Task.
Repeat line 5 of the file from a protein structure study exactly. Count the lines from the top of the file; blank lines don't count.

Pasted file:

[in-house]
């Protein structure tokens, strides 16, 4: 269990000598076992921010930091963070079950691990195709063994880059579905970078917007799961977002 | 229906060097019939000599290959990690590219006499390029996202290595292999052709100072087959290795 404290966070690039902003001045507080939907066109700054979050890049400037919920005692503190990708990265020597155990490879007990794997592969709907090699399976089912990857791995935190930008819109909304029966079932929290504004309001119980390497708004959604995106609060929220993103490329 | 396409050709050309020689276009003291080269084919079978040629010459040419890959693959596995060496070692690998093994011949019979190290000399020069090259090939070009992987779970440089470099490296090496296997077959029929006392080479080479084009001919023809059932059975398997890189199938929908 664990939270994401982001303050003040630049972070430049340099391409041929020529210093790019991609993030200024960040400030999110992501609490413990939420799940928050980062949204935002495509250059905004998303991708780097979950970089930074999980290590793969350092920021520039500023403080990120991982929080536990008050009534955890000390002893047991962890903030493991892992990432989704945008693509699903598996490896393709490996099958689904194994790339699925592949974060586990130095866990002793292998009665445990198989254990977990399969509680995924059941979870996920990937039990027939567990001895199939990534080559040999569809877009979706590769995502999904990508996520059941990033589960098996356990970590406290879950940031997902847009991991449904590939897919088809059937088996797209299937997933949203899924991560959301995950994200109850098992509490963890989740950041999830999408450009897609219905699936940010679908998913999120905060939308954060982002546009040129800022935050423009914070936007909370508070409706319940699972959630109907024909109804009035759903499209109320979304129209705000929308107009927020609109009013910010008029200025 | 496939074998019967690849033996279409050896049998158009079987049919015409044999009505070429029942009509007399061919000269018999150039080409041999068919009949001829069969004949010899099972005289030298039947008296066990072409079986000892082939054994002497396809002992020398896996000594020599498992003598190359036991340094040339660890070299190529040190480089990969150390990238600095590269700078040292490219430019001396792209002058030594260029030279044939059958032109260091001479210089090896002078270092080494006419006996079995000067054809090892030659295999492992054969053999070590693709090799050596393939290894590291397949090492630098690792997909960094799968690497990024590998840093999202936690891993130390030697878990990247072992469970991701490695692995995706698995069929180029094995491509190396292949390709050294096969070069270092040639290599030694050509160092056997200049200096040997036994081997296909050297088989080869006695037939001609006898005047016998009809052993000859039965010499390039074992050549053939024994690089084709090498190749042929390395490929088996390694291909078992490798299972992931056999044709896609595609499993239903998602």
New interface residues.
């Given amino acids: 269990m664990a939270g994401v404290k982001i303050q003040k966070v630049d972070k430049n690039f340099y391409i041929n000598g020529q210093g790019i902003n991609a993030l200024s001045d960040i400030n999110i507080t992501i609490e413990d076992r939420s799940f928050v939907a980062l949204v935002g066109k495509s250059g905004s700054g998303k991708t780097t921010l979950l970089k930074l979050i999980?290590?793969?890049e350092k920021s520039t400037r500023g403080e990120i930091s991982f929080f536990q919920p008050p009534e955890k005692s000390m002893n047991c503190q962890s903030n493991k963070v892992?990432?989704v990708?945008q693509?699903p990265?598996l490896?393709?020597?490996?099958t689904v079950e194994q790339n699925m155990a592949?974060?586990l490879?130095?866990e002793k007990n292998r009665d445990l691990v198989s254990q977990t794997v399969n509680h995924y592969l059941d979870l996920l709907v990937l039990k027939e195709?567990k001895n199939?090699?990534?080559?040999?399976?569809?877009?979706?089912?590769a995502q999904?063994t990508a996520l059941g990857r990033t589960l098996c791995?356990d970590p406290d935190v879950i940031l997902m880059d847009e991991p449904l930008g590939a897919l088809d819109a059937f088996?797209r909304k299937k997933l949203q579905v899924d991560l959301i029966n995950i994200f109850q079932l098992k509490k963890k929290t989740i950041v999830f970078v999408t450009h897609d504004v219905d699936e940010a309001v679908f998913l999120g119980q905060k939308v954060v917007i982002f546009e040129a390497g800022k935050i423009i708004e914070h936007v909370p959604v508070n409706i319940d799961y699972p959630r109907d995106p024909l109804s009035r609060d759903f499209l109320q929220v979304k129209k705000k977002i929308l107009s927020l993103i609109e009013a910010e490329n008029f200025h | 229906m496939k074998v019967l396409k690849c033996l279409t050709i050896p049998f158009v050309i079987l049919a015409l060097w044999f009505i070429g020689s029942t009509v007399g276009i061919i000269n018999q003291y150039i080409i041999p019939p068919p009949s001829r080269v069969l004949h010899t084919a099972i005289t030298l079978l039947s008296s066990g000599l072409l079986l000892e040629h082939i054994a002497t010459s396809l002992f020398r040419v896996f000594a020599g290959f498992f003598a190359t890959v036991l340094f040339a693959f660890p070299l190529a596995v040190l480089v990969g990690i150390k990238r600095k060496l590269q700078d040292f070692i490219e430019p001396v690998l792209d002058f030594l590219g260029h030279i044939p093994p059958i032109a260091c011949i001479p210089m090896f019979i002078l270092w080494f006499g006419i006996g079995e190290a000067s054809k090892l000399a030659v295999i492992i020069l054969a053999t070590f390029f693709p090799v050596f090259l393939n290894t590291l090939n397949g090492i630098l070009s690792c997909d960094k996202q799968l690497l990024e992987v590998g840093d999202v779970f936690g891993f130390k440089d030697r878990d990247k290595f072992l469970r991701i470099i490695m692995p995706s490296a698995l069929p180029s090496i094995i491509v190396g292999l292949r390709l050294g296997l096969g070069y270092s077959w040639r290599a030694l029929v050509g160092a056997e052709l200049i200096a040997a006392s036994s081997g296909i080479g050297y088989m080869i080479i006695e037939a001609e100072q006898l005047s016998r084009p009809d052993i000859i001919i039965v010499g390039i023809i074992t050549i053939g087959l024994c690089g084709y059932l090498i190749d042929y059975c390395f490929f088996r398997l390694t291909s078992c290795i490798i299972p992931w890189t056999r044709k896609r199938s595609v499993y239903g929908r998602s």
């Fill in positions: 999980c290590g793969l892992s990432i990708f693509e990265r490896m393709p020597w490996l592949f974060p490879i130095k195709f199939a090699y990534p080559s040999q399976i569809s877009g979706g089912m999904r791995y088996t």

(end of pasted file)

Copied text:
């Fill in positions: 999980c290590g793969l892992s990432i990708f693509e990265r490896m393709p020597w490996l592949f974060p490879i130095k195709f199939a090699y990534p080559s040999q399976i569809s877009g979706g089912m999904r791995y088996t």